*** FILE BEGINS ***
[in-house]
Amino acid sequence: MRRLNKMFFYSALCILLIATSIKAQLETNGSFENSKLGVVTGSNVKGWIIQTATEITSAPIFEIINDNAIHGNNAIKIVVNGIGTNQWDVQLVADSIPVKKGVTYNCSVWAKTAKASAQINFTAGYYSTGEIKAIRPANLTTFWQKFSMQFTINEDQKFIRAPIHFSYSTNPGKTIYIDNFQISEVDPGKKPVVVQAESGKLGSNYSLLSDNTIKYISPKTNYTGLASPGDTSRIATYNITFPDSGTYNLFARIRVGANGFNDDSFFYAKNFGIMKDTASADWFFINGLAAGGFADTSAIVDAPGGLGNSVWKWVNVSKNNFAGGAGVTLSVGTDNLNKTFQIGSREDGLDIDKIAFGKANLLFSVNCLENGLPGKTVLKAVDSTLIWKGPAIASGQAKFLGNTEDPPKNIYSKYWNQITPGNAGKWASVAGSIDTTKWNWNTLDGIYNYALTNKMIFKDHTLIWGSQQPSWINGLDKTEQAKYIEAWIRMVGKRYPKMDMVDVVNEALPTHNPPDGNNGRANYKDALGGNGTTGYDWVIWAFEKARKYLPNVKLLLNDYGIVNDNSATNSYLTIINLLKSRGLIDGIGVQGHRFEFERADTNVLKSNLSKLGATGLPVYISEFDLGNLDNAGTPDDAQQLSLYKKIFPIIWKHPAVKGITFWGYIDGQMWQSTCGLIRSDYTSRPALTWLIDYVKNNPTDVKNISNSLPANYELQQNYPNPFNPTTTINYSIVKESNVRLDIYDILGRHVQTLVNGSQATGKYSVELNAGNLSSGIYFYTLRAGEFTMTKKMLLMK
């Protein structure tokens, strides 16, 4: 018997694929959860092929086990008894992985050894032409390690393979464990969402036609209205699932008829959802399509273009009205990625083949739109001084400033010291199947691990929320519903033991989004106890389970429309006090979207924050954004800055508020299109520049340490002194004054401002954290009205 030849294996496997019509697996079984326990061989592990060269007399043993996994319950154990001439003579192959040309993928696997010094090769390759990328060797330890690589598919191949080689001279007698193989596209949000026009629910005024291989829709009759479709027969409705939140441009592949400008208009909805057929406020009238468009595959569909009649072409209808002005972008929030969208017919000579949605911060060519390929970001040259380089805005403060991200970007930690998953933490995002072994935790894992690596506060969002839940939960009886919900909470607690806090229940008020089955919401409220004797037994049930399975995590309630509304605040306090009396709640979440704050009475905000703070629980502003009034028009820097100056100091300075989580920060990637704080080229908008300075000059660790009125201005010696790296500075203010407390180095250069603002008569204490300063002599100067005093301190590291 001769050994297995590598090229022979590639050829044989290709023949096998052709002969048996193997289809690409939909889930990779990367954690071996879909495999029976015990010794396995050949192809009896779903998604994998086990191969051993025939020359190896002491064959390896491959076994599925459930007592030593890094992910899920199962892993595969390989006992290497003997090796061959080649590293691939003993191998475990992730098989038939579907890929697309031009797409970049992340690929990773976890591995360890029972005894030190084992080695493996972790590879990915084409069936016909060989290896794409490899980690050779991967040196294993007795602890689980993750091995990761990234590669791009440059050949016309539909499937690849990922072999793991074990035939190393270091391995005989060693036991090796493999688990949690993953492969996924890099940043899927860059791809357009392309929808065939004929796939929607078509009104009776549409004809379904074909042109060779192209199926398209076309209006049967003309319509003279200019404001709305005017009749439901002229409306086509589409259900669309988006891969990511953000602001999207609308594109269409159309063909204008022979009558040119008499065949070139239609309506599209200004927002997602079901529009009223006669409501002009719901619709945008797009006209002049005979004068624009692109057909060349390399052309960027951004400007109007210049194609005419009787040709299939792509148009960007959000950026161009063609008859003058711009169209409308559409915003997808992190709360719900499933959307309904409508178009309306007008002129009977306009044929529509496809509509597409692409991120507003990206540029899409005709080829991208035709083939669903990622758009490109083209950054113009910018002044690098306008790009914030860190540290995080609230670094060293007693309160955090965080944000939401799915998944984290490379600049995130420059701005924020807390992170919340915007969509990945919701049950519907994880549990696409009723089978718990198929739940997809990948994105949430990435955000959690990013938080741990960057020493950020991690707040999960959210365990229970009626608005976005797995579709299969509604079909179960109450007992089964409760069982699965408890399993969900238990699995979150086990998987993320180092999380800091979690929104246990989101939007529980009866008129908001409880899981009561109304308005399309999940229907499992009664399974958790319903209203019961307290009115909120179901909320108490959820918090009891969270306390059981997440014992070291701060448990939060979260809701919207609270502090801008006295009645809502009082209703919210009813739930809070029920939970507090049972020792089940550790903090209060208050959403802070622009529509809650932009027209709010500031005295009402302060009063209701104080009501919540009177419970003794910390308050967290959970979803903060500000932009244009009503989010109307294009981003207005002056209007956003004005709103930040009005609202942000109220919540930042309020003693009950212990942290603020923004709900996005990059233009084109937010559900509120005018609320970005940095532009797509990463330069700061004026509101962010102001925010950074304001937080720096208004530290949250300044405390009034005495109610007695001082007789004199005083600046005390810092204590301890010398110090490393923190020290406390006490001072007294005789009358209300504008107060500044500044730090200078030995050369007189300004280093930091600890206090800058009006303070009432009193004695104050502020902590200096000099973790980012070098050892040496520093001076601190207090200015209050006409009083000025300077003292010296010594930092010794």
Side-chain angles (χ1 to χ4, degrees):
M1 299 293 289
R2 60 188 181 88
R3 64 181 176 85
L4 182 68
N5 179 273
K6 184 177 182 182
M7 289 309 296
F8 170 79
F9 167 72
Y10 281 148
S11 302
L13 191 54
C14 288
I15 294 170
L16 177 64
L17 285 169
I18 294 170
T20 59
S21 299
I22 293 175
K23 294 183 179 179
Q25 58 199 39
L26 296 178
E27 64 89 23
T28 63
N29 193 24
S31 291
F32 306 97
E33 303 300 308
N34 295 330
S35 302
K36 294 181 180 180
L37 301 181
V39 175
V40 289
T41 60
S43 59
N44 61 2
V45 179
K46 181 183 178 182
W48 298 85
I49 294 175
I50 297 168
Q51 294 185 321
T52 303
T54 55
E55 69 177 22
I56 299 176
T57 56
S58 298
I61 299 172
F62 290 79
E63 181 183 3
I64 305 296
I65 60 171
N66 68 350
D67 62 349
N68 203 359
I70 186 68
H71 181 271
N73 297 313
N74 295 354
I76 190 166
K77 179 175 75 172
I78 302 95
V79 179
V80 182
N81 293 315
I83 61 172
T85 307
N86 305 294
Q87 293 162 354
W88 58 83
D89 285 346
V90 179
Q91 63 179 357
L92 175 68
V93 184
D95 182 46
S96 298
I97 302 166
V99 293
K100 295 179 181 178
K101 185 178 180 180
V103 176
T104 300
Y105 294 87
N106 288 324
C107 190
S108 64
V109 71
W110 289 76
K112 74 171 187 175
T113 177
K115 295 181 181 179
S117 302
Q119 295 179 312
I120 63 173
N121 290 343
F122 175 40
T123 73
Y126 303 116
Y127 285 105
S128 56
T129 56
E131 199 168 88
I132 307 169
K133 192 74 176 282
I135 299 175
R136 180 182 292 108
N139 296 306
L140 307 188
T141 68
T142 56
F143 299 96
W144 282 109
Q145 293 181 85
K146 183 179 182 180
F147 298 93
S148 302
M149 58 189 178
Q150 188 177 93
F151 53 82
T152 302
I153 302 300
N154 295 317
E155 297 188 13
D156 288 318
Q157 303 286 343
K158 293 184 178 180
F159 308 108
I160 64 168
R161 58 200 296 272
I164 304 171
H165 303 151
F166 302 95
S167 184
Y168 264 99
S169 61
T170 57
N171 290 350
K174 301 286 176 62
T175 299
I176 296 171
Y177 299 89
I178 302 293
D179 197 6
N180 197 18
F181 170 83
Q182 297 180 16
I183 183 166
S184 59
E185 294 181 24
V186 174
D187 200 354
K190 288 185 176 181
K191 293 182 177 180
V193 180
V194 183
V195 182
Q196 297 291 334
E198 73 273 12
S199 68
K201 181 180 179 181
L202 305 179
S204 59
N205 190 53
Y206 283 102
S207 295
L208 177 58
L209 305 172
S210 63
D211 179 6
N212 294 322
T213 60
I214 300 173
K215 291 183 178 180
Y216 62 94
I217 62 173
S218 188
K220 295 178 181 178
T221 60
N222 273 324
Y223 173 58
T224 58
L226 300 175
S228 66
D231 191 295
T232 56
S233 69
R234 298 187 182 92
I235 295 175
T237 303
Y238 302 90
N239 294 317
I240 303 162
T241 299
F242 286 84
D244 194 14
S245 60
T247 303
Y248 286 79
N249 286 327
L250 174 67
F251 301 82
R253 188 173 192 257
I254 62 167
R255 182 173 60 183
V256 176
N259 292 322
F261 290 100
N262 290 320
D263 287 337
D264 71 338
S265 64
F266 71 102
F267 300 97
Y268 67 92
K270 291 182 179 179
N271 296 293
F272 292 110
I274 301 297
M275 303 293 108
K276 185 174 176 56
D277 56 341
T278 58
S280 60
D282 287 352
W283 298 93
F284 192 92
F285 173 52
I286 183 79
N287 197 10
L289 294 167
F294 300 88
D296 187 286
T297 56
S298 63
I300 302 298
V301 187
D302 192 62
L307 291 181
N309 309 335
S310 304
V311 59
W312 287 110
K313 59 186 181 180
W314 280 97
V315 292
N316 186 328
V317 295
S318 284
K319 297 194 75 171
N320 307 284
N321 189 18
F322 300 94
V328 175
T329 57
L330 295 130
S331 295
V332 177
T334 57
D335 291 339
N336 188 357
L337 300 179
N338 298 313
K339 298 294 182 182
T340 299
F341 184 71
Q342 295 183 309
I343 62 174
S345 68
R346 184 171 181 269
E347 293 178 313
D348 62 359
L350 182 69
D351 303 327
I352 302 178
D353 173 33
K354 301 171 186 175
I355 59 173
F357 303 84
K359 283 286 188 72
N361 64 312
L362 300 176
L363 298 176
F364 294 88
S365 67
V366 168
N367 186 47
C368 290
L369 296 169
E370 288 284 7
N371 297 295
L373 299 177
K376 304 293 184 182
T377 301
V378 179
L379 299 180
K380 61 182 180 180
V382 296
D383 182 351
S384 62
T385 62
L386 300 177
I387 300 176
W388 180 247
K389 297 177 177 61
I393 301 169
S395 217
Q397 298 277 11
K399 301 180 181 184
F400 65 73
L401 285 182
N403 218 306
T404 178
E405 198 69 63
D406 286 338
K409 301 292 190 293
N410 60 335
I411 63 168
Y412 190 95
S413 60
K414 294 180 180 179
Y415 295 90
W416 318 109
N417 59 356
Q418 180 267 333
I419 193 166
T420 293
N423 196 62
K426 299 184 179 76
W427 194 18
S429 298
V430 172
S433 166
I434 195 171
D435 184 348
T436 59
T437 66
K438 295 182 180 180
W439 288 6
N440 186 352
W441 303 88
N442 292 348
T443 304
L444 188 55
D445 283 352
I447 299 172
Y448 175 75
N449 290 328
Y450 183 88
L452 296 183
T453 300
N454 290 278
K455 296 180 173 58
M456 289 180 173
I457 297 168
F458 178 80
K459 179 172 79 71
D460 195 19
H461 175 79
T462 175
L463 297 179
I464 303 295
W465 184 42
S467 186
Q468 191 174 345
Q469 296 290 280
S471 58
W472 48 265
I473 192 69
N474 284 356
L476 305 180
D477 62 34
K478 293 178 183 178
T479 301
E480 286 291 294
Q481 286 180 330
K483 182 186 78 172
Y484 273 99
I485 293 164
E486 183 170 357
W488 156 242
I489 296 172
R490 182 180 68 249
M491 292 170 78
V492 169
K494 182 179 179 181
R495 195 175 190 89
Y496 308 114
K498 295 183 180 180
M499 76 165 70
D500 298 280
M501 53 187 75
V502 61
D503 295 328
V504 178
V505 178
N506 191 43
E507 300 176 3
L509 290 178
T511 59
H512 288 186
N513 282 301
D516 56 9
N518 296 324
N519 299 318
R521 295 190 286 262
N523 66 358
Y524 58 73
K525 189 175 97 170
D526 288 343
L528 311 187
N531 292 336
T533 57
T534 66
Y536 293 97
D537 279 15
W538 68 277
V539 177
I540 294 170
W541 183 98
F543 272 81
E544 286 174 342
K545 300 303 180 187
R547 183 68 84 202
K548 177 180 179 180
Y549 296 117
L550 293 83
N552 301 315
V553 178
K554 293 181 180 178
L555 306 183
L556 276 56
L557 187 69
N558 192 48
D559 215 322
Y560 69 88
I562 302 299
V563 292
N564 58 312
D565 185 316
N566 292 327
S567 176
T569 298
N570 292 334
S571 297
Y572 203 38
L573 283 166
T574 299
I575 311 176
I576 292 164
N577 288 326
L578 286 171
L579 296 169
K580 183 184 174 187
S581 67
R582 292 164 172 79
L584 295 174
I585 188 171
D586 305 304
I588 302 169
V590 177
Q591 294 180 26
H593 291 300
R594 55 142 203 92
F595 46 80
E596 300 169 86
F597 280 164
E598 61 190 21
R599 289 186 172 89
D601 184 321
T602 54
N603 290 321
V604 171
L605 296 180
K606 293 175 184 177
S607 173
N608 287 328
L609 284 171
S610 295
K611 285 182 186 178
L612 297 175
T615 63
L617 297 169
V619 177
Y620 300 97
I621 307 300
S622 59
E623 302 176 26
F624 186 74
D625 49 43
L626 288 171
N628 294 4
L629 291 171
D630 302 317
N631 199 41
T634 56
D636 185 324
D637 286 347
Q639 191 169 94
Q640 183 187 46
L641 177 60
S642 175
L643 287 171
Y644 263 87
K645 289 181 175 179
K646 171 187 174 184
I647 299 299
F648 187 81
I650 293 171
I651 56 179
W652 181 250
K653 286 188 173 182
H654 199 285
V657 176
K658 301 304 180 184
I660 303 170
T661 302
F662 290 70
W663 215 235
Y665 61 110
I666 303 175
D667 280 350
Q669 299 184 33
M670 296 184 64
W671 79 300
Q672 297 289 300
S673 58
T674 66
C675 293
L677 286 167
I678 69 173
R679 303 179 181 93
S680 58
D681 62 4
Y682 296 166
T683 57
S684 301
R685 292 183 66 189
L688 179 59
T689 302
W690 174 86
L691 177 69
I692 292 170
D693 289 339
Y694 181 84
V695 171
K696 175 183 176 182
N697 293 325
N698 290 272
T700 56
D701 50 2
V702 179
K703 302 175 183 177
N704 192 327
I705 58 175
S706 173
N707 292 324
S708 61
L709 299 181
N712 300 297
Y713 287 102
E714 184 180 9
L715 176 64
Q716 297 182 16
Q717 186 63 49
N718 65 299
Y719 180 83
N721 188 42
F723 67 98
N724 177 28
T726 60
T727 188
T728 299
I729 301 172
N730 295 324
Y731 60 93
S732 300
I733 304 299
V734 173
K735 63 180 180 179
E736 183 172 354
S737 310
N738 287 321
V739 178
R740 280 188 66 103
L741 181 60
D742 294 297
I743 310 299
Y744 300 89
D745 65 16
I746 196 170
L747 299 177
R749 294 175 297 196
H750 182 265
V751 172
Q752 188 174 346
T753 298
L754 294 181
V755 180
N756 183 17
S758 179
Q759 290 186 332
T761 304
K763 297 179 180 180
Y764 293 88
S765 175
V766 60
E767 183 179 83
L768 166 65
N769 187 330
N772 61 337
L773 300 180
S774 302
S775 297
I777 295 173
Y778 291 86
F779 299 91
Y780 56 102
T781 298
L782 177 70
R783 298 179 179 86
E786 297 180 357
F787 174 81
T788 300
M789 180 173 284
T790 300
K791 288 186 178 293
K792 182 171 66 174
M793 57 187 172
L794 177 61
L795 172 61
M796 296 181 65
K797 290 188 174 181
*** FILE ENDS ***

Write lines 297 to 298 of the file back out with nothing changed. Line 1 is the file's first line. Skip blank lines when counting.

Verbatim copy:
E370 288 284 7
N371 297 295